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HCMC Begins To Crack Down On “Illegal” Uber Taxis

 Could this be the beginning of the end for Uber in Vietnam?

Shortly after its launch 6 months ago, local taxi firms began to complain that Uber was “damaging the domestic taxi service market” since it’s not a registered business, doesn’t pay taxes and undercuts the prices of local taxis. With lower administrative fees, Uber drivers charge VND10,000/km while local taxi firms charge VND16,500/km.

Initially, authorities were unsure how to handle the situation, as “current laws do not clearly stipulate whether such a service is legal.”

But powerful, well-connected local taxi firms seem to have caught the ears of relevant agencies. At a recent meeting, representatives from the HCMC Tax Department echoed their statements, labeling the company “illegal.”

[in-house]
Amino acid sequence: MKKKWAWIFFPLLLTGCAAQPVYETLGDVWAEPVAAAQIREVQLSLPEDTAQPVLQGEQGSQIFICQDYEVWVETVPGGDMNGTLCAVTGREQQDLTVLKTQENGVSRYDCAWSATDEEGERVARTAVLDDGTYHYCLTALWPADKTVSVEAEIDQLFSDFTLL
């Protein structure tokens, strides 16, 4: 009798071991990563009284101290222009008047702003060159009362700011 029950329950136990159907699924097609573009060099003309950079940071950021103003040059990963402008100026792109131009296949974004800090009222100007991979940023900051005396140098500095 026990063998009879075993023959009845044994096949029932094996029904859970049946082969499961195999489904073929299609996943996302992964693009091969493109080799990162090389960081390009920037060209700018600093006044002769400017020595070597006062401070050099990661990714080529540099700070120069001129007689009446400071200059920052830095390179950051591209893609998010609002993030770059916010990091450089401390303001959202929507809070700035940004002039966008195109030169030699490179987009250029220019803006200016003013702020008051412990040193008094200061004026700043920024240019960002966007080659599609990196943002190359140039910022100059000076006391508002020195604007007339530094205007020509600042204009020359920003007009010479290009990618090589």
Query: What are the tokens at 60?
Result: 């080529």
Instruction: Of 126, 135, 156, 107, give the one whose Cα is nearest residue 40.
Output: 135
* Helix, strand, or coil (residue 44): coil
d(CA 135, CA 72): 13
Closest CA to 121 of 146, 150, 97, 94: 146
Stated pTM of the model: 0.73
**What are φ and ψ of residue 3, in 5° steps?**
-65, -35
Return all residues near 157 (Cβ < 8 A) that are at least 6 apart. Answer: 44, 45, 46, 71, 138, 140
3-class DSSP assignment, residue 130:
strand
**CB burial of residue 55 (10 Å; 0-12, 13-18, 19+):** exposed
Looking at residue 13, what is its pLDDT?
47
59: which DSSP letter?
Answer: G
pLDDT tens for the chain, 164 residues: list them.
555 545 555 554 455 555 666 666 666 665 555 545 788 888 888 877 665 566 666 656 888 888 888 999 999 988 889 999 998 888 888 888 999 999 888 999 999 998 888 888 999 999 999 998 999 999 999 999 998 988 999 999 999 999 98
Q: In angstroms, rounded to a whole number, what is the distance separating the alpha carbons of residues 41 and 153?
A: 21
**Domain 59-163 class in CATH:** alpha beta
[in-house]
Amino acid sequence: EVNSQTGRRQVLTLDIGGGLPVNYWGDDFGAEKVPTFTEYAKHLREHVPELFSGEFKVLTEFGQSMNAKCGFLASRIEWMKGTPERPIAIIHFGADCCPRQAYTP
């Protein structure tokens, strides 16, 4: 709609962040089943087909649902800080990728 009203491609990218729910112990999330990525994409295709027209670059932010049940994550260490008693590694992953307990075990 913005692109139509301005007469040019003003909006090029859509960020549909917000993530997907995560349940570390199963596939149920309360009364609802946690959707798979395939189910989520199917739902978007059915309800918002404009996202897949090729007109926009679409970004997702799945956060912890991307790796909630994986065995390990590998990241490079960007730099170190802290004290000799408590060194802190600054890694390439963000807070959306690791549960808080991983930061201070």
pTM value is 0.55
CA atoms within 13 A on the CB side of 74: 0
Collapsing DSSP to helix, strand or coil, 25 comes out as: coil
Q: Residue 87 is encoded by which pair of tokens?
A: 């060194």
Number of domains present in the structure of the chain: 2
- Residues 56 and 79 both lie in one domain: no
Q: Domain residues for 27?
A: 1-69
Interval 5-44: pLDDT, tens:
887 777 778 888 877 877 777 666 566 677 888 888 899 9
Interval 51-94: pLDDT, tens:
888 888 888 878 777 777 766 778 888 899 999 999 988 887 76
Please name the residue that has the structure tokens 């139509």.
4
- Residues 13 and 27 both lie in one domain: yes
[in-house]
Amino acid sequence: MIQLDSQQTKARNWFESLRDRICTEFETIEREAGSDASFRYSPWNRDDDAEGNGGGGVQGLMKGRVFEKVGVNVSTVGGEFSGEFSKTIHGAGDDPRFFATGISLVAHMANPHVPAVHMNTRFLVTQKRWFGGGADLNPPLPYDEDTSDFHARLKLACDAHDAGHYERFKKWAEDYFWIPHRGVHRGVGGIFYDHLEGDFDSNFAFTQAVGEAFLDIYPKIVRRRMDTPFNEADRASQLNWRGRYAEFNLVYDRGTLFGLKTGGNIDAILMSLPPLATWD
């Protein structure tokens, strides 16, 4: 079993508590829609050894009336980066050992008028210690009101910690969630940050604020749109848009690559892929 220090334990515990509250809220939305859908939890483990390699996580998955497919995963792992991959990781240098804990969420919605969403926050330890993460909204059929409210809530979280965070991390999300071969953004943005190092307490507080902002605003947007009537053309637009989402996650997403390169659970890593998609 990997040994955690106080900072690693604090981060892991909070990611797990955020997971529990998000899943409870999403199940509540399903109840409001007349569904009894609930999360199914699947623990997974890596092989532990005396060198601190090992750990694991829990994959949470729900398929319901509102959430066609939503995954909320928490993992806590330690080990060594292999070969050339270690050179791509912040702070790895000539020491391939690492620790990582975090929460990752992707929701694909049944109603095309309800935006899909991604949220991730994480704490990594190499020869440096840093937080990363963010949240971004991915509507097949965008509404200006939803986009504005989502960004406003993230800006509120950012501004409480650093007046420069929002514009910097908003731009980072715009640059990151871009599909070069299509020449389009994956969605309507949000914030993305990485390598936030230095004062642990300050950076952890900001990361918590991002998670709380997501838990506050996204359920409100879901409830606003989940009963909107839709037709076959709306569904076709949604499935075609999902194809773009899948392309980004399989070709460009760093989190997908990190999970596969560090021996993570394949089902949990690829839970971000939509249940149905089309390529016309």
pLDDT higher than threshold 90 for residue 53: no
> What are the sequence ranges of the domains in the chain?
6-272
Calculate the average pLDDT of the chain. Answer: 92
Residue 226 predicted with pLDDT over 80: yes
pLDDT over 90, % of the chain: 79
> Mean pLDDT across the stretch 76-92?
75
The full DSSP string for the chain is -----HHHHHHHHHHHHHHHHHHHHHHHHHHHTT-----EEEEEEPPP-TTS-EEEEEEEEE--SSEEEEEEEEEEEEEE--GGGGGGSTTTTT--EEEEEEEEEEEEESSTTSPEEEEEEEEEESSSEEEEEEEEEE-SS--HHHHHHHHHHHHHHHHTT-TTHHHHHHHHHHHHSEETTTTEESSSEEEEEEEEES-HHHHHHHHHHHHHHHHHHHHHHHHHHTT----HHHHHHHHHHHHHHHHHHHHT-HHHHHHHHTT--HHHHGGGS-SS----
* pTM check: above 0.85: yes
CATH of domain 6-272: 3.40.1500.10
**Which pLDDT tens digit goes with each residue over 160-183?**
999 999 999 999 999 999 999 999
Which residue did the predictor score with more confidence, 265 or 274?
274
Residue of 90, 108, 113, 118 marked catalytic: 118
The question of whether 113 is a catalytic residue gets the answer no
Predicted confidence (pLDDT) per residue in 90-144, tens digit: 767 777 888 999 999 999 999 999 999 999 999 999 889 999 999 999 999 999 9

Last Friday, a team comprised of inspectors from the municipal Transport Department and traffic police officers hit the streets, slapping fines on Uber drivers for operating an unlicensed taxi business.

Beyond Uber's recent privacy scandal, taxi drivers around the world have taken to the streets to protest the service for the same reasons as their Vietnamese counterparts.

Earlier this year, transportation authorities in Seoul banned Uber and launched their own app for registered taxis.

Perhaps HCMC will follow suit.

Update: Uber has posted a response to the crackdown on their blog.


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